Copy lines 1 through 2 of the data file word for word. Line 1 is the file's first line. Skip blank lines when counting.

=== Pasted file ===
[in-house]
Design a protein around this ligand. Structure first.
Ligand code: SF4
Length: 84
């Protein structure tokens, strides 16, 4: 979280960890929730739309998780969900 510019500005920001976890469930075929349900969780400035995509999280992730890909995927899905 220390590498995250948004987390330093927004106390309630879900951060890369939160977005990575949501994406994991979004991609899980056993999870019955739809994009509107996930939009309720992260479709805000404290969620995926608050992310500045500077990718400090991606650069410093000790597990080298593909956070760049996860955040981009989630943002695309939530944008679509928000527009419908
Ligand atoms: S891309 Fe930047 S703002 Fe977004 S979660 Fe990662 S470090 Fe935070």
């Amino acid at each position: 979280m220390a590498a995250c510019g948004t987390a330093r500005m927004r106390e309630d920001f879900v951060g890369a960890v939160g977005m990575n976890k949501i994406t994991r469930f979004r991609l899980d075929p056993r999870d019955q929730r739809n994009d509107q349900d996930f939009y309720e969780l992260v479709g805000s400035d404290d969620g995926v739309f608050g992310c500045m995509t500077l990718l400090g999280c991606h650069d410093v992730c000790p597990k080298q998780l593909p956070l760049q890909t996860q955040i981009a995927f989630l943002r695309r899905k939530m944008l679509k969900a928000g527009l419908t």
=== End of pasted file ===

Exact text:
[in-house]
Design a protein around this ligand. Structure first.